Anecdotally, I can tell you it makes the procedure more efficient and saves us some steps where you might try a different sheath size or consider a different puncture location. I’m leading a research study at our site where we’re comparing procedure times with and without VR. That research will give us more concrete numbers. The concept is we’ll end up saving time, make the procedure safer for patients and increase operators’ confidence in the equipment.
Do you use VR for procedures other than LAAC?
Currently, whenever we use VR for case planning or execution, it is as an adjunct to the gold standard, nationally accepted imaging technology. All of our clinical decisions are based on accepted standard-of-care guidelines and techniques. We have applied VR workflows to selecting the right TAVR valve size and seeing the best implantation route. For example, with transcaval TAVR, which is probably the most complex type of TAVR, you can use VR to get a sense of whether the complex transfer between vessels would be safe. I’ve had cases where the VR showed it may be safe for the patient and another where I could see it would be an unsafe proposition. VR helps you get a natural understanding of complex questions.
Another example is paravalvular leak closure. With this technology, you can potentially size the leak and see what plug size you might need to close it. You can get an idea where you might need to enter the heart or where to puncture the septum to get into a certain leak location.
I don’t perform pediatric procedures, but I can see it being useful for congenital heart disease. Anytime you have complex cardiac anatomy or anatomic variability that you need to visualize in 3D or where different devices might have different effects, it’s a good simulation tool.
Would it work in nonstructural settings, such as peripheral artery disease?
Yes, anytime you are dealing with structural formations in the cardiac or vascular beds, it would be useful. It may have applications in noncardiac cases as well.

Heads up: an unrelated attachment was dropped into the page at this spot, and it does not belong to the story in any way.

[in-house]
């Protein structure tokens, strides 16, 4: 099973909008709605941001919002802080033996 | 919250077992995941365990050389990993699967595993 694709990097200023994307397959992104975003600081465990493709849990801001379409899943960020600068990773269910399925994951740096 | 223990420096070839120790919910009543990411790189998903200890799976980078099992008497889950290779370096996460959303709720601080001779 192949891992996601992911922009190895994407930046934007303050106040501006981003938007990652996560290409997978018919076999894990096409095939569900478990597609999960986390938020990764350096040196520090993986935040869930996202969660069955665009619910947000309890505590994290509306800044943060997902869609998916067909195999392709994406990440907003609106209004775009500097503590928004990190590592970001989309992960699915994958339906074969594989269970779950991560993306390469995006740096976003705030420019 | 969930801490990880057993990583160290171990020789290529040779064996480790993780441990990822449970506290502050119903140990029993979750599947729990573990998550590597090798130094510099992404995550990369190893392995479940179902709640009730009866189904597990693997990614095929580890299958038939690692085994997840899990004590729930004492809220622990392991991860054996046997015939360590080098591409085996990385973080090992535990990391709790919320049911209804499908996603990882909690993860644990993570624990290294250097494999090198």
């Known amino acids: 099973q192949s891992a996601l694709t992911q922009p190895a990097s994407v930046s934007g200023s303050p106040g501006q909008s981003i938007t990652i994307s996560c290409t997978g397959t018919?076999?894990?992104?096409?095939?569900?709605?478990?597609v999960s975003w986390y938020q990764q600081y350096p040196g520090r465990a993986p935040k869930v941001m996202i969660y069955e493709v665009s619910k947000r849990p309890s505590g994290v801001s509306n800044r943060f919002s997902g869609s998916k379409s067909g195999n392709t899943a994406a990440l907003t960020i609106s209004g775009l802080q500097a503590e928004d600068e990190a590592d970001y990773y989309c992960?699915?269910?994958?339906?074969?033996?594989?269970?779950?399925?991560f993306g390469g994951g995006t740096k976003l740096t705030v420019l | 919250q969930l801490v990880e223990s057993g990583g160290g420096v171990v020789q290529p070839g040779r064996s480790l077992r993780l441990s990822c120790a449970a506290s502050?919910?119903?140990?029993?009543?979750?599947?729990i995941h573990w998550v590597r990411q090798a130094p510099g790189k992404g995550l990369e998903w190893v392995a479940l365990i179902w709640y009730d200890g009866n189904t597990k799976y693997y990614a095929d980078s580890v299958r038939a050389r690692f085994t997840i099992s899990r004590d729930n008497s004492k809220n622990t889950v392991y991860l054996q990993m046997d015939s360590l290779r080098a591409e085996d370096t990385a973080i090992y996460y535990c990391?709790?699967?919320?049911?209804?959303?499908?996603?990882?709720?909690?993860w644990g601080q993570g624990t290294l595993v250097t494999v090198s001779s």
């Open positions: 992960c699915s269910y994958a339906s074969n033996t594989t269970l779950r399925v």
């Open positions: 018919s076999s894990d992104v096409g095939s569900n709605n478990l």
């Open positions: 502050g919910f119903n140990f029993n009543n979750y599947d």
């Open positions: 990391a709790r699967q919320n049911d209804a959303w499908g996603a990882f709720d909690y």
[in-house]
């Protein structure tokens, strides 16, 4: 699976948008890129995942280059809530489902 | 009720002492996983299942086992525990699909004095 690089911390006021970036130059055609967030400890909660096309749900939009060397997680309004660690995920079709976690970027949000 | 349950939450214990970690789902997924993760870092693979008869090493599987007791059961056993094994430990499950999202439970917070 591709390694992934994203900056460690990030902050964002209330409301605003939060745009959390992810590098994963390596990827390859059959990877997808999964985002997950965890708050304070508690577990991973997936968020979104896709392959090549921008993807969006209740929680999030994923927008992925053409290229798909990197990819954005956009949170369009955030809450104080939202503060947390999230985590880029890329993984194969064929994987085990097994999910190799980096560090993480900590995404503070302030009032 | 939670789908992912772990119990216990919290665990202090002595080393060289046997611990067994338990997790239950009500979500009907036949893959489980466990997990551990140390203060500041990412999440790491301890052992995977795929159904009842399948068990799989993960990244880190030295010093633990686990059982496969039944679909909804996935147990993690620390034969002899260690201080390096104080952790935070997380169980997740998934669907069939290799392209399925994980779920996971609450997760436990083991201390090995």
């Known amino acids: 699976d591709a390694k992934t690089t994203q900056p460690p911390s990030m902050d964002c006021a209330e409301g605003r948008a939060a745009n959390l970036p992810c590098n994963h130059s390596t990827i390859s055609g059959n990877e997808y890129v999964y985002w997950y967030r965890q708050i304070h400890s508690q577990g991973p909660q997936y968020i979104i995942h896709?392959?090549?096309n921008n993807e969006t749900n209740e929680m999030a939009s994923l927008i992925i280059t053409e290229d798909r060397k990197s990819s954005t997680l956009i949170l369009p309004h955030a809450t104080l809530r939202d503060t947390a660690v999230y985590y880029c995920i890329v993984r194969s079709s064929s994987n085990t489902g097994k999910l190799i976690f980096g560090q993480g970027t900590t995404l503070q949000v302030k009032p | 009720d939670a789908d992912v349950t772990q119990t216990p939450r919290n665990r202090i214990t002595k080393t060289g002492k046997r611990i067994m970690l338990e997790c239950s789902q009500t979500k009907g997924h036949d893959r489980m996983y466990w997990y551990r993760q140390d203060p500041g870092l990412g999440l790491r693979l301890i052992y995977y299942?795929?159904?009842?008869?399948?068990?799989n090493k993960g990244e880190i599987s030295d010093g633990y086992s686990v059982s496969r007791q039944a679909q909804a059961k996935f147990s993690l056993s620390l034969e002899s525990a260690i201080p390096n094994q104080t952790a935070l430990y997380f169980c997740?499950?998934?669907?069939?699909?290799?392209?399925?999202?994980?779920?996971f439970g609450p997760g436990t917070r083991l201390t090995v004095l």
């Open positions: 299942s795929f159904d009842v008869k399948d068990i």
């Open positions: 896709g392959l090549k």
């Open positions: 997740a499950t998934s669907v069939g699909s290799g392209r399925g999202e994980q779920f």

Could VR be used for patient selection? Might it help you decide not to do a procedure?
Absolutely. I’ve seen that already, where we turned a patient down for a specific therapy because what we saw on the VR was not favorable. A good example might be a patient who had a leak around the mitral prosthesis. He was referred to us for percutaneous closure. Using VR, we found the mitral ring had dehisced from the annulus. Putting in a plug could have worsened the situation. That’s the kind of 3D spatial orientation we can get from using VR that is hard to get with 2D imaging.
Is it difficult to learn how to use this system? Do you need to have a facility for computers?
I may not be the the best person to answer that because I’m a 3D thinker with an aptitude and interest in technology. I used it for a half-hour and knew exactly what to do with it. But the concept is that anyone should be able to figure it out. It’s not like a CT scan, where a radiologist needs months of training to be able to interpret a cardiac CT.
With this interactive VR system, you see an actual heart in front of you and you can use a stylus to spin the heart, move it, interact with it, just like having a physical model. The goal is to make it agnostic of the skill-set of the person using it.
Are there limitations still to be worked out?
I’m still trying to work out the workflows for different procedures. Eventually, as we formalize workflows, we could potentially hit a button and the computer could make measurements automatically. Right now, it’s user assisted. I have to select a certain part of the cardiac anatomy and make the measurement. Then the computer knows how to go to the next step. Further automation is coming.
What about cost and availability?
The structural heart package I’m piloting isn’t commercially available yet; however, the entry-level product for general surgical planning supporting CT, MRI and echo is 510-cleared and costs around $100,000.
At TCT, you predicted VR will become “a ubiquitous part of our workflow.” What timeline do you predict?
Seeing how rapidly the technology is evolving, I would not be surprised if this were very commonly available in the next two to three years.